Cult leader denies Tokyo gas attack, says sect was framed

TOKYO — The cult leader interrogated by police in connection with Tokyo’s deadly gas attacks maintained his innocence yesterday, saying his Sublime Truth sect has been framed by police.

Shoko Asahara said that “absolutely no one” from the sect spread sarin, the nerve gas that killed 12 people and sickened 5,500 on Tokyo’s subways March 20, according to attorney Makoto Endo. “This is an absolutely false charge.”

But Endo said he declined to represent Asahara when the guru asked him to be his attorney.

Asahara, 40, was arrested Tuesday on suspicion of ordering the subway attack. The arrest capped a two-month investigation into the cult.

Aum Shinrikyo

In January, 2000, Aum Shinrikyo (Aum Shinri Kyo) changed its name to Aleph

Twenty-one sect members, including Asahara, are jailed in connection with the attack.


Police say they will charge Asahara with murder and attempted murder, but can hold him 22 days before doing so.

The bearded Asahara was questioned briefly after being seized Tuesday at the cult’s mountain stronghold in the town of Kamikuishiki, near Mt. Fuji. He insisted he was innocent and told police he was healthy.

Yesterday, however, Asahara complained of liver problems each time he was asked about the subway attack, a police spokesman said on condition of anonymity.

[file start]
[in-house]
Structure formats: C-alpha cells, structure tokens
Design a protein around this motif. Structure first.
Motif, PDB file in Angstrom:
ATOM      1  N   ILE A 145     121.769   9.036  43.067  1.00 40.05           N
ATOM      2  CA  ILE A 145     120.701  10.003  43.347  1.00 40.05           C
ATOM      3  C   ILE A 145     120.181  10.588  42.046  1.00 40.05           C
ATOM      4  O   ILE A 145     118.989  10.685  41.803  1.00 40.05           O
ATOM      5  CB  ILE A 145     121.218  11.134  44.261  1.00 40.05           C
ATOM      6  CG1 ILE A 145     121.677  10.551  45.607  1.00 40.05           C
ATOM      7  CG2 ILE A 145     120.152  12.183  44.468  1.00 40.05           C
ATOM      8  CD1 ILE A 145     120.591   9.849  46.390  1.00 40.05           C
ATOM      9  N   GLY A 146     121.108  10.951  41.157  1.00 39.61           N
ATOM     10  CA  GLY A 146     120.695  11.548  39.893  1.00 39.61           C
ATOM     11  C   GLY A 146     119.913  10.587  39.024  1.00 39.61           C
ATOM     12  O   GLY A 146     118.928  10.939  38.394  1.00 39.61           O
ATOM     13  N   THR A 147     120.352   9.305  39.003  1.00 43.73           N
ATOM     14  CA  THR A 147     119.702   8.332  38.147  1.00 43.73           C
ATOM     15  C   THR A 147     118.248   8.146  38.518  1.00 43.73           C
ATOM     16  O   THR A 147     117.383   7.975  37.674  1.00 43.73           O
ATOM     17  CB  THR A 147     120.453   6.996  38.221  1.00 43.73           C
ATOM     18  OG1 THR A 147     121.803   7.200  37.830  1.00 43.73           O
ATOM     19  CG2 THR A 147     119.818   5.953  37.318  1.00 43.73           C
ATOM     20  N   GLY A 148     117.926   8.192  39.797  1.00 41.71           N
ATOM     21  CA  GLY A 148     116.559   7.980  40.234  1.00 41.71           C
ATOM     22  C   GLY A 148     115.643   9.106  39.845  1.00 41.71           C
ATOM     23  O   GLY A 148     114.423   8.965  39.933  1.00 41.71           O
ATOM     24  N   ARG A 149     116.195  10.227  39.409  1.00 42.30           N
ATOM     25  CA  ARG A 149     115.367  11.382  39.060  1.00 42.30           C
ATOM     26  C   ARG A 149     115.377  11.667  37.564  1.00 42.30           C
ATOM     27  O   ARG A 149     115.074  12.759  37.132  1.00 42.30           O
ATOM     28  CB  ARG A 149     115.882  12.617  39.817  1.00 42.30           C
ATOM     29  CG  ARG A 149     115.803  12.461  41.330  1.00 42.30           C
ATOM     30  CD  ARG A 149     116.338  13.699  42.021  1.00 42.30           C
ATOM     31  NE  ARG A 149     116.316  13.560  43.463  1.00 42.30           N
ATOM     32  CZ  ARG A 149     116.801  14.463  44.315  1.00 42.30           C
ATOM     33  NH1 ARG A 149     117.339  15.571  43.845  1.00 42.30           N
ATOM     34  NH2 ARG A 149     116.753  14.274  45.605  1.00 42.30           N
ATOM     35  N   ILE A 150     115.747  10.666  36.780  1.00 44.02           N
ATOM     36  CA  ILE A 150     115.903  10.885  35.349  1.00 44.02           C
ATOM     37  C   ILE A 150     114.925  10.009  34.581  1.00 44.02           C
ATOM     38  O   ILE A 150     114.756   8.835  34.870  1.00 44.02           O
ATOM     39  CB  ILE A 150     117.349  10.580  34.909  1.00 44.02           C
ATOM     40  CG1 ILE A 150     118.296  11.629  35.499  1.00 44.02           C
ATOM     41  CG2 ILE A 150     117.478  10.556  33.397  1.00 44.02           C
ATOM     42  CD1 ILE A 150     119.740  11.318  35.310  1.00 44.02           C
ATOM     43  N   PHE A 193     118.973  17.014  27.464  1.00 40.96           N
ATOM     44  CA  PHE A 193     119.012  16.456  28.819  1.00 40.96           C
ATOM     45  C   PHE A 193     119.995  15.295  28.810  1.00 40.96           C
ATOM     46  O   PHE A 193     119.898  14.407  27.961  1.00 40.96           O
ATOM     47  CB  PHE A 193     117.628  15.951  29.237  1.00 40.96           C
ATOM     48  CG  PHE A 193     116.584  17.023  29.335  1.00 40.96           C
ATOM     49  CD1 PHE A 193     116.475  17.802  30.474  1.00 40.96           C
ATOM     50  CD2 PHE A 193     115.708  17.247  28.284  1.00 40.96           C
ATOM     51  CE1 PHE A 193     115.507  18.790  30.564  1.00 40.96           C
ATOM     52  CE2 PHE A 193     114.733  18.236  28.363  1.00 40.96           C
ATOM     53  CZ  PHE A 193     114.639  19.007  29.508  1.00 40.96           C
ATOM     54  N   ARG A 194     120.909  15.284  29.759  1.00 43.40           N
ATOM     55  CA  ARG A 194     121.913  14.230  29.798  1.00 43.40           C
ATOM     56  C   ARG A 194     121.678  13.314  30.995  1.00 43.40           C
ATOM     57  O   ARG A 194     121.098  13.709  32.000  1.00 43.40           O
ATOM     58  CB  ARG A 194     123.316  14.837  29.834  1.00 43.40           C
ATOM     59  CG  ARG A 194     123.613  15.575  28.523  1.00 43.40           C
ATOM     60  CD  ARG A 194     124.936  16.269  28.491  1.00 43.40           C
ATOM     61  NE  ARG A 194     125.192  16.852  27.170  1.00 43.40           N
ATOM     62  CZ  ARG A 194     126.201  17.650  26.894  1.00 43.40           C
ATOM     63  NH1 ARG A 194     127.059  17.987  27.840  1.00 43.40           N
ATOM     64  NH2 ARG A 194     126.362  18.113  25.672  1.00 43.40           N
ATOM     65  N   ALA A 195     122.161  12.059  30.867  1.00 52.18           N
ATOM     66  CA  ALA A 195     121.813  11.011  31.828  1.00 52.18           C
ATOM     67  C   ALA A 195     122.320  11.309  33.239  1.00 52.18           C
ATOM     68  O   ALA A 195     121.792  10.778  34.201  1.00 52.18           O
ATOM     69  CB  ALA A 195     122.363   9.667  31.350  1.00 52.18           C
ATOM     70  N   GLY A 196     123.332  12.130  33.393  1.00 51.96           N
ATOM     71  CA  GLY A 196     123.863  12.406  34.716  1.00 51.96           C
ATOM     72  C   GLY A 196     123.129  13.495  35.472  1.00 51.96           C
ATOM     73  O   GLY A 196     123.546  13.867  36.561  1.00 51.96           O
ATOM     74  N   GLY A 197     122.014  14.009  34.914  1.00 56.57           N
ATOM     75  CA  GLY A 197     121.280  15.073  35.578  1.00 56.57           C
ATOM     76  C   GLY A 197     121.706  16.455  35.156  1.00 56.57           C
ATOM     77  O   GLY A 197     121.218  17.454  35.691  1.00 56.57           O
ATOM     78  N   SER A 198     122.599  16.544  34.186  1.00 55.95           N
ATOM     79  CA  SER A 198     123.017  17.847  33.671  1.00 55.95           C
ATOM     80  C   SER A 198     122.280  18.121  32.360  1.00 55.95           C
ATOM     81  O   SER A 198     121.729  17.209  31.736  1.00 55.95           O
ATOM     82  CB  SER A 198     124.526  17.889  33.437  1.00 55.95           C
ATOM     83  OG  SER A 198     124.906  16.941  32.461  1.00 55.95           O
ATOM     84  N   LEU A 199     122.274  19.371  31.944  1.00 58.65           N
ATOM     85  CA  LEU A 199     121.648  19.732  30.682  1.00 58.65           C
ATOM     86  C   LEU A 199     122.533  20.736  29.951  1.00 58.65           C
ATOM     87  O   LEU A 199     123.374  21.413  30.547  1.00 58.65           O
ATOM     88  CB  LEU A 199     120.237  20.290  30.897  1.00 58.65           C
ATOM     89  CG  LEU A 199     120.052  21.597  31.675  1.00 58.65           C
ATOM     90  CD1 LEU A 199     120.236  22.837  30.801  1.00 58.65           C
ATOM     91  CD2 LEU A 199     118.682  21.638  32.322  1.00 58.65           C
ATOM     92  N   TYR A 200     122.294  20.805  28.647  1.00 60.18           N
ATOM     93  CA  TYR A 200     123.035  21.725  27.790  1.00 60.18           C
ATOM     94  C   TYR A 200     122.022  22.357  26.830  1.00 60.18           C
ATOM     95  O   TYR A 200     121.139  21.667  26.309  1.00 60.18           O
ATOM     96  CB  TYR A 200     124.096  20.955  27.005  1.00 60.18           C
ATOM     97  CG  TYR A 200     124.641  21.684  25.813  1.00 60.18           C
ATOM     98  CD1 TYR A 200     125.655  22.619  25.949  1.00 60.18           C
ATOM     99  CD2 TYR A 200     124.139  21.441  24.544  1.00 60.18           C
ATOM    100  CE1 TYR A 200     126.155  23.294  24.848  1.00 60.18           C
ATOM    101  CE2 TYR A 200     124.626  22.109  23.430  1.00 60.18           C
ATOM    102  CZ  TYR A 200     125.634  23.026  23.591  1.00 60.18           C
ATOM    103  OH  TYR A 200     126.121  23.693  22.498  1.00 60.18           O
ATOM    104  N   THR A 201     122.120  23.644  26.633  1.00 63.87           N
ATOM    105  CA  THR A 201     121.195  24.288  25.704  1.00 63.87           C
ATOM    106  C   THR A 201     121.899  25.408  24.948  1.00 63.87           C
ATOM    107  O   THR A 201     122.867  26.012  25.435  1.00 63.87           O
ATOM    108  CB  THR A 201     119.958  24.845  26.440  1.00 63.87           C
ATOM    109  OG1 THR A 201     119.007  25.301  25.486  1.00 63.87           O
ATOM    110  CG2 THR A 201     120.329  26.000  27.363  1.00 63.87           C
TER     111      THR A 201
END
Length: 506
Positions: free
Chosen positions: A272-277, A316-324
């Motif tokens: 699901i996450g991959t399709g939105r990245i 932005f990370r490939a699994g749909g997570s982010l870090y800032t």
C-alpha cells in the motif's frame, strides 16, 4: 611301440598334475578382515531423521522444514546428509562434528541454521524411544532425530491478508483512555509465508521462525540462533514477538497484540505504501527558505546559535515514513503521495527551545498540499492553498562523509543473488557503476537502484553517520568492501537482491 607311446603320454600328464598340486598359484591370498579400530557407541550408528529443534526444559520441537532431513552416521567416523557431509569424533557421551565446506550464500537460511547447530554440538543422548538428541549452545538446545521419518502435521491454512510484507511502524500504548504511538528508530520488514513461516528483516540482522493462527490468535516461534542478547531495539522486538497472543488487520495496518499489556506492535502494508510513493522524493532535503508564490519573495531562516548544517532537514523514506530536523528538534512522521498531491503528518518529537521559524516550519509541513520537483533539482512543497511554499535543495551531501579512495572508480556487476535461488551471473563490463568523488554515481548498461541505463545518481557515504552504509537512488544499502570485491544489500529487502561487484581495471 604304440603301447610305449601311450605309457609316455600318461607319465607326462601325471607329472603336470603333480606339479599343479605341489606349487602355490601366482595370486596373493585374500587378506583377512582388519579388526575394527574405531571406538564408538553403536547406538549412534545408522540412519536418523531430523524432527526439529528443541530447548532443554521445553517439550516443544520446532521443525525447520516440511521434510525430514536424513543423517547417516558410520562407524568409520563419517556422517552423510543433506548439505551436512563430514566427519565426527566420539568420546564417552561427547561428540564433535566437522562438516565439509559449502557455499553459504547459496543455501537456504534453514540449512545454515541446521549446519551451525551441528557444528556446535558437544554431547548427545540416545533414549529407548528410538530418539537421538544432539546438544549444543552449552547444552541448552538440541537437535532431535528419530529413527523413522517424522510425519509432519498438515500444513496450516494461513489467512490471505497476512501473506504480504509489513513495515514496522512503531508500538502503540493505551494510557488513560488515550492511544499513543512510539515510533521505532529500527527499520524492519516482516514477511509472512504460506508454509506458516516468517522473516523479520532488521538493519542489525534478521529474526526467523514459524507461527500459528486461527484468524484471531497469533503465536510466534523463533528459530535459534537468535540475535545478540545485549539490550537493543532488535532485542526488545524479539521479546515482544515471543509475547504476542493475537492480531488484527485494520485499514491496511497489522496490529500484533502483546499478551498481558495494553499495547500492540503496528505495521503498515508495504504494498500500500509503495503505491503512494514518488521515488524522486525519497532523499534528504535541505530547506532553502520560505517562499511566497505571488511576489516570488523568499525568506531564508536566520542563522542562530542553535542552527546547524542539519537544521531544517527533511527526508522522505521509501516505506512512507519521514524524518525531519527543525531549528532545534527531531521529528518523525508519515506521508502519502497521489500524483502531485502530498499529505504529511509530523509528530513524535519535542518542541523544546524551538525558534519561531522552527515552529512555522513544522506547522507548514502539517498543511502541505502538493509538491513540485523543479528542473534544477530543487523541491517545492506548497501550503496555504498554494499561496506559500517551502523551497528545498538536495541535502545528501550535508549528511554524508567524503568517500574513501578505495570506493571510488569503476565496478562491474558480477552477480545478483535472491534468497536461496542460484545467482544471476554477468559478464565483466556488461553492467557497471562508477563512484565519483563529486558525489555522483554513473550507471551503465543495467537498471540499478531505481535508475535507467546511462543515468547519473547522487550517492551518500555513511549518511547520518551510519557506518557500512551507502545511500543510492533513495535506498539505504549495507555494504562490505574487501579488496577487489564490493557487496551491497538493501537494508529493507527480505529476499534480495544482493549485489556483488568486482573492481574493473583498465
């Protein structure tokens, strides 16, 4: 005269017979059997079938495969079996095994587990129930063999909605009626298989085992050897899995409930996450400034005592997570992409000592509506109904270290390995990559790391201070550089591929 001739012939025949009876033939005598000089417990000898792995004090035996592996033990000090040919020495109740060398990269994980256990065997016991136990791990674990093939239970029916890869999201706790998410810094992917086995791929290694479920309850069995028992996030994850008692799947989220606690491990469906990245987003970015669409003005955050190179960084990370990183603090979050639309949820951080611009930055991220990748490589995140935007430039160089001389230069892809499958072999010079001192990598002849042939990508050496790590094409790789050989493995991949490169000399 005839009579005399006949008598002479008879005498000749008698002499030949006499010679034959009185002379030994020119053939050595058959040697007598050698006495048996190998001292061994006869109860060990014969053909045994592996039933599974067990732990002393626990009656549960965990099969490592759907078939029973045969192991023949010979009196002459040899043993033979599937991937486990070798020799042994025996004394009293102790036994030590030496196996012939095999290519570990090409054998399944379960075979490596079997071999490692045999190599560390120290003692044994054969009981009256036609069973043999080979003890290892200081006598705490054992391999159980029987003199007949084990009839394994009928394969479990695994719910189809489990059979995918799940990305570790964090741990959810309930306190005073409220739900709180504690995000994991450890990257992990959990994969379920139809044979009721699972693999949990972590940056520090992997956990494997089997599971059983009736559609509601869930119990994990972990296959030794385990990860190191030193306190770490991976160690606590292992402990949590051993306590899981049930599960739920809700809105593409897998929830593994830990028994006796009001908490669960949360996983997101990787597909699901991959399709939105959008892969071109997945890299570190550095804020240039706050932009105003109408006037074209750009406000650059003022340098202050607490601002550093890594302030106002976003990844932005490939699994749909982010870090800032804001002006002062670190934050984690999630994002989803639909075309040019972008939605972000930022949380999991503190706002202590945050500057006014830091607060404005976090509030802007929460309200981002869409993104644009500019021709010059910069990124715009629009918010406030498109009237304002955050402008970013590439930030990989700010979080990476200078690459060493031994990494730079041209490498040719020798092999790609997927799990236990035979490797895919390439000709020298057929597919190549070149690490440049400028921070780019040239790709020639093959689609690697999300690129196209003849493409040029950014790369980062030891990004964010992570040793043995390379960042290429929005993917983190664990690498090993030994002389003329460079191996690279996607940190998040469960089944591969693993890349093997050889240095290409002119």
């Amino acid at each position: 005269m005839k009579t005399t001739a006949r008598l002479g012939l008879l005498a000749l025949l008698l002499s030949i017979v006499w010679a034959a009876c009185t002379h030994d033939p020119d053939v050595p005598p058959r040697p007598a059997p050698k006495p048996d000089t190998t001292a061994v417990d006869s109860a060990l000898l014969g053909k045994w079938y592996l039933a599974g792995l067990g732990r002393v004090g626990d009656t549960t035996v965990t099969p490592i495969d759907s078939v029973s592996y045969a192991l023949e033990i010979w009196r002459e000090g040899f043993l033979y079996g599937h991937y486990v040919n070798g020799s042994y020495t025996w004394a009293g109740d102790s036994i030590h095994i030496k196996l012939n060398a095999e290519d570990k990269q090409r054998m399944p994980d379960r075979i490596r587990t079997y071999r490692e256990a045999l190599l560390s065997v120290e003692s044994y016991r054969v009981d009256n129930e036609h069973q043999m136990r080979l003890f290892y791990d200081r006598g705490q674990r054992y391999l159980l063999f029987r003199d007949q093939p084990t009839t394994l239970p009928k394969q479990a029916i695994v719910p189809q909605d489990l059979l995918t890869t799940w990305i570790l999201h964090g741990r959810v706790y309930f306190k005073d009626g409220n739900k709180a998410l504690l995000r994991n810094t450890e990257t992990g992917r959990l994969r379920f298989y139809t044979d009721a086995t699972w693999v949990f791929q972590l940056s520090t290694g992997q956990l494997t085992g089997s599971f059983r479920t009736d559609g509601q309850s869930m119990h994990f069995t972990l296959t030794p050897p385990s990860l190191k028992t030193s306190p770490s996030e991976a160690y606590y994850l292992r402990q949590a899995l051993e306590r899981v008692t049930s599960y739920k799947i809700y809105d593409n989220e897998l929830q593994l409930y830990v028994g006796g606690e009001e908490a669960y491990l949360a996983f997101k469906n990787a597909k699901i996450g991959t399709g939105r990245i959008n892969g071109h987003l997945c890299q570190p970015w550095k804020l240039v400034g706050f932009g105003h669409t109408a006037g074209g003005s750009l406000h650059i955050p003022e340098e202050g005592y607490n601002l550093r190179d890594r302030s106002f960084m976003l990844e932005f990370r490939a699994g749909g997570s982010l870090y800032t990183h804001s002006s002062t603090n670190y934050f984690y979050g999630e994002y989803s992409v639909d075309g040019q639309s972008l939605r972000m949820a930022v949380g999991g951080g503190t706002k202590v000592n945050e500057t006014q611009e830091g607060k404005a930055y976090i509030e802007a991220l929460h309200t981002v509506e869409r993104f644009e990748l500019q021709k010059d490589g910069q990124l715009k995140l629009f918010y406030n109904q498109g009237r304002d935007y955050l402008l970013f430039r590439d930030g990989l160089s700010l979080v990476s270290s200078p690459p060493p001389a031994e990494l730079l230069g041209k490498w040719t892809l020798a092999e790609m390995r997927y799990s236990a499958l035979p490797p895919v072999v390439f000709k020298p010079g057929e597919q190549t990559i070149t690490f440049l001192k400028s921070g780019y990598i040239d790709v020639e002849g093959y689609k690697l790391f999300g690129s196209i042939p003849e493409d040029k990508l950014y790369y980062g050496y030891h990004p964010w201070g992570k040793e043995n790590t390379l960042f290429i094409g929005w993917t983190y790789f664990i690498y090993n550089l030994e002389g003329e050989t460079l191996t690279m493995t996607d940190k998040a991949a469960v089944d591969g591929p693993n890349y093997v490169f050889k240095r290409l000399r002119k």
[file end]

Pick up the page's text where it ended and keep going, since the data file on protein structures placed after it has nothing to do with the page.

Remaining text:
Despite Asahara’s protestations, reports mounted that he ordered other crimes besides the subway attack.

A cult scientist, Masami Tsuchiya, linked the sect to the nerve gas attack in Matsumoto in June 1994 that killed seven people, according to local news reports citing police.

And the Mainichi newspaper said the cult’s chief doctor admitted to planning to give a lethal injection to a notary public kidnapped Feb. 28. The plan was not carried out, the doctor was quoted as saying, because the man, 68-year-old Kiyoshi Kariya, already had died in captivity.

Kariya’s kidnapping was one of many abductions that the Sublime Truth sect has been accused of in the past few years. The targets were usually disgruntled followers and cult critics.

Japanese officials meanwhile vowed to deter any reprisal attacks by cult members angry over the guru’s arrest. Tens of thousands of police and soldiers trained in chemical warfare were deployed nationwide.

Source

(Listed if other than Religion News Blog)
Associated Press, via the Boston Globe, USA
May 18, 1995
www.boston.com

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This post was last updated: Nov. 17, 2014